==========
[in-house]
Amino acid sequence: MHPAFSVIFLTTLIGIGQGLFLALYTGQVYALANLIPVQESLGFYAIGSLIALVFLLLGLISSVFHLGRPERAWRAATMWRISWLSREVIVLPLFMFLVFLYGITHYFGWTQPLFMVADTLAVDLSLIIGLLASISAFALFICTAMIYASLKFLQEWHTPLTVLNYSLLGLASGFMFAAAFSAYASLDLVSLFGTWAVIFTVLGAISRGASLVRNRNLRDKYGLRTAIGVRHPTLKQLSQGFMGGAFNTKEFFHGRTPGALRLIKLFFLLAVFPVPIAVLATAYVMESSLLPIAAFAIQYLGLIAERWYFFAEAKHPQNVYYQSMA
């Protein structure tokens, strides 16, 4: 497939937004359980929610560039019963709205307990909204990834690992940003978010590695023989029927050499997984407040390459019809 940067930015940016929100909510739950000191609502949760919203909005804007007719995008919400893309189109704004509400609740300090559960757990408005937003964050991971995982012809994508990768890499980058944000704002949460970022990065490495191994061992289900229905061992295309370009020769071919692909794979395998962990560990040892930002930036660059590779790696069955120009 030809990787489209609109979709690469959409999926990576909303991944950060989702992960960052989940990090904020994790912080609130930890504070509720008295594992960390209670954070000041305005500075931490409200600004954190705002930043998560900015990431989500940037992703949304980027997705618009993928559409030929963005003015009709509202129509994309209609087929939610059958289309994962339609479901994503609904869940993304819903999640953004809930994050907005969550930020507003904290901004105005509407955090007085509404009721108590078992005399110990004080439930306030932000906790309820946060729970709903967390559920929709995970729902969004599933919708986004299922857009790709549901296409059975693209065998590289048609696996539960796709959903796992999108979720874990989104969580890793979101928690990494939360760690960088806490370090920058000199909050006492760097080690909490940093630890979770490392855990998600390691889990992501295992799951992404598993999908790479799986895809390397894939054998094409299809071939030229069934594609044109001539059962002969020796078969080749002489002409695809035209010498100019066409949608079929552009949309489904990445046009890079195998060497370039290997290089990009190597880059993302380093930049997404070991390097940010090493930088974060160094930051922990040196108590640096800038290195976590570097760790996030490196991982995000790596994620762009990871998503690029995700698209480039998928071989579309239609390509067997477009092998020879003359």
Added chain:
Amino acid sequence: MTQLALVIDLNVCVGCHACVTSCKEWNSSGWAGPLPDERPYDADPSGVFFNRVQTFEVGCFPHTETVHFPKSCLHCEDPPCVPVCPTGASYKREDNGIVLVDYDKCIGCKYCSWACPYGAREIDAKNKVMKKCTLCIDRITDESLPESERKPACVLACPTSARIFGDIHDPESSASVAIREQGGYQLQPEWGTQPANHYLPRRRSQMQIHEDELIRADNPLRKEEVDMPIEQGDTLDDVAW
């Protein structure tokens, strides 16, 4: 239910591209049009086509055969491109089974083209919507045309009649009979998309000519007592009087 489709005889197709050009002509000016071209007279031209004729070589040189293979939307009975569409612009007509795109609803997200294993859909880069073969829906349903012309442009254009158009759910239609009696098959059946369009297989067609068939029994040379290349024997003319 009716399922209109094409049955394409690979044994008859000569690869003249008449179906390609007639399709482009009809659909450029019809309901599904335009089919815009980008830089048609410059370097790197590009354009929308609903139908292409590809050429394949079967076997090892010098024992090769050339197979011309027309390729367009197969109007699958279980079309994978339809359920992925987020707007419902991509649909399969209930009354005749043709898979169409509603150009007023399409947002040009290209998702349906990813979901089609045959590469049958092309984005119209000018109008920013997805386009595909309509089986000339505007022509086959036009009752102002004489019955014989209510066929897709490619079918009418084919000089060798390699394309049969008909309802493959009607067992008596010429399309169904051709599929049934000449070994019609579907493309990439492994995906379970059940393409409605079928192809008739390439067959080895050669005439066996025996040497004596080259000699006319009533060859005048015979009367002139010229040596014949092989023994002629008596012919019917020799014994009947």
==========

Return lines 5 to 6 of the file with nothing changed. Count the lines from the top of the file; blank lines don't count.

Amino acid sequence: MTQLALVIDLNVCVGCHACVTSCKEWNSSGWAGPLPDERPYDADPSGVFFNRVQTFEVGCFPHTETVHFPKSCLHCEDPPCVPVCPTGASYKREDNGIVLVDYDKCIGCKYCSWACPYGAREIDAKNKVMKKCTLCIDRITDESLPESERKPACVLACPTSARIFGDIHDPESSASVAIREQGGYQLQPEWGTQPANHYLPRRRSQMQIHEDELIRADNPLRKEEVDMPIEQGDTLDDVAW
């Protein structure tokens, strides 16, 4: 239910591209049009086509055969491109089974083209919507045309009649009979998309000519007592009087 489709005889197709050009002509000016071209007279031209004729070589040189293979939307009975569409612009007509795109609803997200294993859909880069073969829906349903012309442009254009158009759910239609009696098959059946369009297989067609068939029994040379290349024997003319 009716399922209109094409049955394409690979044994008859000569690869003249008449179906390609007639399709482009009809659909450029019809309901599904335009089919815009980008830089048609410059370097790197590009354009929308609903139908292409590809050429394949079967076997090892010098024992090769050339197979011309027309390729367009197969109007699958279980079309994978339809359920992925987020707007419902991509649909399969209930009354005749043709898979169409509603150009007023399409947002040009290209998702349906990813979901089609045959590469049958092309984005119209000018109008920013997805386009595909309509089986000339505007022509086959036009009752102002004489019955014989209510066929897709490619079918009418084919000089060798390699394309049969008909309802493959009607067992008596010429399309169904051709599929049934000449070994019609579907493309990439492994995906379970059940393409409605079928192809008739390439067959080895050669005439066996025996040497004596080259000699006319009533060859005048015979009367002139010229040596014949092989023994002629008596012919019917020799014994009947």